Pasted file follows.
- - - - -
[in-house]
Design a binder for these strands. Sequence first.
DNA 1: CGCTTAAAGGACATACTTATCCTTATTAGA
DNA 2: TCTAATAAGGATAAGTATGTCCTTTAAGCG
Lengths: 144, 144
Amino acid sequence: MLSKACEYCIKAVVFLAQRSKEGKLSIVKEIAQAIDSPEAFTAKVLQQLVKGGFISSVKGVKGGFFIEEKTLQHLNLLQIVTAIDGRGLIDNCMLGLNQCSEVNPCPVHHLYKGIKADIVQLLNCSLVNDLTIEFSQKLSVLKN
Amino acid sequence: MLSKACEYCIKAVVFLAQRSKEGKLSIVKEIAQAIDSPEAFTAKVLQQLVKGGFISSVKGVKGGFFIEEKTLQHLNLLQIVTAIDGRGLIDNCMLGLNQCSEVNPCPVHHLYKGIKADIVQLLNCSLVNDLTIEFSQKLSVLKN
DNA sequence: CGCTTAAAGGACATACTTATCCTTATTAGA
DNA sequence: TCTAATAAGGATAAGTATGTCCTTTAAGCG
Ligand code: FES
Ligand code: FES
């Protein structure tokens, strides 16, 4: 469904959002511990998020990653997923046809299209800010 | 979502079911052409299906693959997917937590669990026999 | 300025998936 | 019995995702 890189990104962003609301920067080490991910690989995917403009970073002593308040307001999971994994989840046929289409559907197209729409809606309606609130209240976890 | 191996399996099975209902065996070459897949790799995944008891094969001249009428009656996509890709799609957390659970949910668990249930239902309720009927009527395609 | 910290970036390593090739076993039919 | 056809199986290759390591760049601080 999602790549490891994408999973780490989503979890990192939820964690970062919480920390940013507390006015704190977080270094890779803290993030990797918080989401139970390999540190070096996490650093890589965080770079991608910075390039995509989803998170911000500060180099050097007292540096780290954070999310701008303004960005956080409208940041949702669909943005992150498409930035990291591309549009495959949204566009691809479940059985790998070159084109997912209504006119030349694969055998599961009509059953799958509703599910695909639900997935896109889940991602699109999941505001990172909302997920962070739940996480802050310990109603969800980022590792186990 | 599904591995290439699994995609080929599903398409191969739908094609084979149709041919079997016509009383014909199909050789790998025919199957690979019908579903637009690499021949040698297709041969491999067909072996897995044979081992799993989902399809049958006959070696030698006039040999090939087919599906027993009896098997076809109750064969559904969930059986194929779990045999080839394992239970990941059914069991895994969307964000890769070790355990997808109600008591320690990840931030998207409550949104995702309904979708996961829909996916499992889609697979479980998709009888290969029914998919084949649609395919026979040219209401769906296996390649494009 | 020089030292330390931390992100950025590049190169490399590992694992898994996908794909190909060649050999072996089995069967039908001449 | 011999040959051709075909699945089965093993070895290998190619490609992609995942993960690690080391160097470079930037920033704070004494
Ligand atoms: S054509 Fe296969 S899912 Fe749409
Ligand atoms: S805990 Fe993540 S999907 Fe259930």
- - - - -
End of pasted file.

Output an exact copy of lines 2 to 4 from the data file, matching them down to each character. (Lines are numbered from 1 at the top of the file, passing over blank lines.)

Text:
Design a binder for these strands. Sequence first.
DNA 1: CGCTTAAAGGACATACTTATCCTTATTAGA
DNA 2: TCTAATAAGGATAAGTATGTCCTTTAAGCG